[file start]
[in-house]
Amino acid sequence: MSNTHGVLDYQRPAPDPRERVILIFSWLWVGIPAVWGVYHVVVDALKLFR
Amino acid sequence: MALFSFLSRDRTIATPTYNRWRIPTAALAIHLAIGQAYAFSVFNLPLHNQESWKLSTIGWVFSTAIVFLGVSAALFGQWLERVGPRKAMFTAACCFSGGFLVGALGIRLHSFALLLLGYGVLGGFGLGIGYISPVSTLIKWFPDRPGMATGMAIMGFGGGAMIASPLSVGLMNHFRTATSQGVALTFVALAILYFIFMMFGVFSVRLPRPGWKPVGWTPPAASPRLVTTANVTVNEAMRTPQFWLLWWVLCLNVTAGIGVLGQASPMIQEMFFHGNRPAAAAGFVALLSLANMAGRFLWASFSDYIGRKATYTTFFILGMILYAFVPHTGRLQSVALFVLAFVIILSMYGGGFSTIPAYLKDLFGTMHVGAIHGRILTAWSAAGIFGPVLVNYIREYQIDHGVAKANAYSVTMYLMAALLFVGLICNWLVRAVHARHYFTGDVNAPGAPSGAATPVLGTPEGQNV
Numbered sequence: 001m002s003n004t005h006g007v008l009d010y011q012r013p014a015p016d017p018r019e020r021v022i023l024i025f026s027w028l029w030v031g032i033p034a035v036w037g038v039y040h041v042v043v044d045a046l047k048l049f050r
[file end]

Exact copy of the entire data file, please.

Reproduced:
[in-house]
Amino acid sequence: MSNTHGVLDYQRPAPDPRERVILIFSWLWVGIPAVWGVYHVVVDALKLFR
Amino acid sequence: MALFSFLSRDRTIATPTYNRWRIPTAALAIHLAIGQAYAFSVFNLPLHNQESWKLSTIGWVFSTAIVFLGVSAALFGQWLERVGPRKAMFTAACCFSGGFLVGALGIRLHSFALLLLGYGVLGGFGLGIGYISPVSTLIKWFPDRPGMATGMAIMGFGGGAMIASPLSVGLMNHFRTATSQGVALTFVALAILYFIFMMFGVFSVRLPRPGWKPVGWTPPAASPRLVTTANVTVNEAMRTPQFWLLWWVLCLNVTAGIGVLGQASPMIQEMFFHGNRPAAAAGFVALLSLANMAGRFLWASFSDYIGRKATYTTFFILGMILYAFVPHTGRLQSVALFVLAFVIILSMYGGGFSTIPAYLKDLFGTMHVGAIHGRILTAWSAAGIFGPVLVNYIREYQIDHGVAKANAYSVTMYLMAALLFVGLICNWLVRAVHARHYFTGDVNAPGAPSGAATPVLGTPEGQNV
Numbered sequence: 001m002s003n004t005h006g007v008l009d010y011q012r013p014a015p016d017p018r019e020r021v022i023l024i025f026s027w028l029w030v031g032i033p034a035v036w037g038v039y040h041v042v043v044d045a046l047k048l049f050r